Select Committee on Culture, Media and Sport Minutes of Evidence


Further supplementary memorandum submitted by Manchester City Council and Manchester 2002 Limited

  When Manchester successfully bid for the right to host the Commonwealth Games in 1995, four key criteria were laid down for the delivery of a successful Games.


  Two things are needed to ensure this status—the best facilities and the best competitors. The 2002 Commonwealth Games will be focused on a cluster of venues within the purpose-built Sportcity complex. The Velodrome, the English Institute of Sport and the City of Manchester Stadium will represent the finest single site collection of sporting facilities certainly in the UK and possibly in Europe. Add to this the Manchester Aquatics Centre—again brand new and the first pool in the UK to host two 50m pools—the new Hockey and new Bowls facilities, and the Games will see a mix of the very highest standards of new and existing venues that will attract the world's best sportsmen and women.

  Manchester City Council, in partnership with Sport England, is responsible for the delivery of the new facilities and is absolutely confident that they will be ready on schedule.

    —  The Manchester Aquatics Centre is already open and being used by the public and elite athletes alike. The Manchester International Convention Centre is now complete, and works to Heaton Park and Belle Vue will be completed well before the end of this year;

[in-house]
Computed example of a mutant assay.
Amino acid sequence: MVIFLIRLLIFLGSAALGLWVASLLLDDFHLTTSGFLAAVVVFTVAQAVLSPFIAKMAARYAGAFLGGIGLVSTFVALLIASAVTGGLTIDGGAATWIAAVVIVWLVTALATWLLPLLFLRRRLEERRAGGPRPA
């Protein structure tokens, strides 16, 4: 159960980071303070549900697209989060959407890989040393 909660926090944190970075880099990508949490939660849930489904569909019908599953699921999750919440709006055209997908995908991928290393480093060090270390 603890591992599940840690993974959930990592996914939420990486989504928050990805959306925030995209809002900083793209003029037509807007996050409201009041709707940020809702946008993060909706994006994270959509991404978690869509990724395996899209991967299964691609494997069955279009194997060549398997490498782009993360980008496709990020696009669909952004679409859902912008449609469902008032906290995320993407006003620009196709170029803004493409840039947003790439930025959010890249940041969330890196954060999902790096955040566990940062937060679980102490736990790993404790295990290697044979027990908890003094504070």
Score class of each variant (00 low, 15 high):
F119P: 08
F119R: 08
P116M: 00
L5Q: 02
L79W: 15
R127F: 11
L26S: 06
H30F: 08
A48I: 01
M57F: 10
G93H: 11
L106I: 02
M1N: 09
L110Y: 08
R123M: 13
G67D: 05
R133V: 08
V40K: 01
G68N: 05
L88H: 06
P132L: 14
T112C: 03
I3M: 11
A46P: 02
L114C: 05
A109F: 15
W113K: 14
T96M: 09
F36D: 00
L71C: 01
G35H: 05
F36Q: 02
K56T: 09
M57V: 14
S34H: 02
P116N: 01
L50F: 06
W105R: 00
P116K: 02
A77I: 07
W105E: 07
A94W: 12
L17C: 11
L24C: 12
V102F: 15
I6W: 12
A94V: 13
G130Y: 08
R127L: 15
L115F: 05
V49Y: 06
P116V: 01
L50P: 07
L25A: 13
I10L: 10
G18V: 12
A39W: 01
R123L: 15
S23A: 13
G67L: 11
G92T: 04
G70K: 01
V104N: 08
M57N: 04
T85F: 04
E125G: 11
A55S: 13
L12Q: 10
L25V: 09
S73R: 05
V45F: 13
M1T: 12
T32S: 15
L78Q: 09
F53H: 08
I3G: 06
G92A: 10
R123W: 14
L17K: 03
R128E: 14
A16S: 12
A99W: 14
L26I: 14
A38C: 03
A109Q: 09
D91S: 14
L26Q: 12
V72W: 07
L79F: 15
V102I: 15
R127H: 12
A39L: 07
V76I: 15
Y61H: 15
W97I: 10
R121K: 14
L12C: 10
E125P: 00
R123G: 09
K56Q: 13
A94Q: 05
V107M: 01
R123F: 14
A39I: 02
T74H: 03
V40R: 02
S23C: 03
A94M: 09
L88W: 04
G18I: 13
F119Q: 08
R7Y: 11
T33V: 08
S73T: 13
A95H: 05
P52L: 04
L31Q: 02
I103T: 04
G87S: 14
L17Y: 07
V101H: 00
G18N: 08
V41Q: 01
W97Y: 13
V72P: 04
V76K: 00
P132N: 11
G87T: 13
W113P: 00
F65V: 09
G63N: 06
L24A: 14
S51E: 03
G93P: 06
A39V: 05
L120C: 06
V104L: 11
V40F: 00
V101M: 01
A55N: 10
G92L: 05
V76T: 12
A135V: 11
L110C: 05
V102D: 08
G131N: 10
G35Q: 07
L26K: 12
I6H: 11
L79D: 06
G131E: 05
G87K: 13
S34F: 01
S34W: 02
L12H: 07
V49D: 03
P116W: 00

—  The Stadium has 87 per cent of its work packages let and remains well on track to achieve substantial completion by December of this year when Manchester 2002 Limited (M2002) will take access for final fit out and overlay to Games mode—practical completion will take place in March 2002;

    —  The English Institute for Sport, which includes the Indoor Tennis Centre and the National Squash Centre and an indoor 200m athletics track, began construction in January of this year—with practical completion on target for early next year.

  What calibre of sporting action can the British public expect to see in these venues? In both individual and team events the answer is the very best.

    —  Three of the sports—Squash, Netball and Bowls are equivalent to world championships, whilst in Hockey and Rugby 7's, the very best teams are drawn from the Commonwealth;

    —  Right through the Athletics programme, from Ato Boldon to Obadele Thomson in the 100m to our own Denise Lewis in the Heptathlon there will potentially be a very strong cast indeed;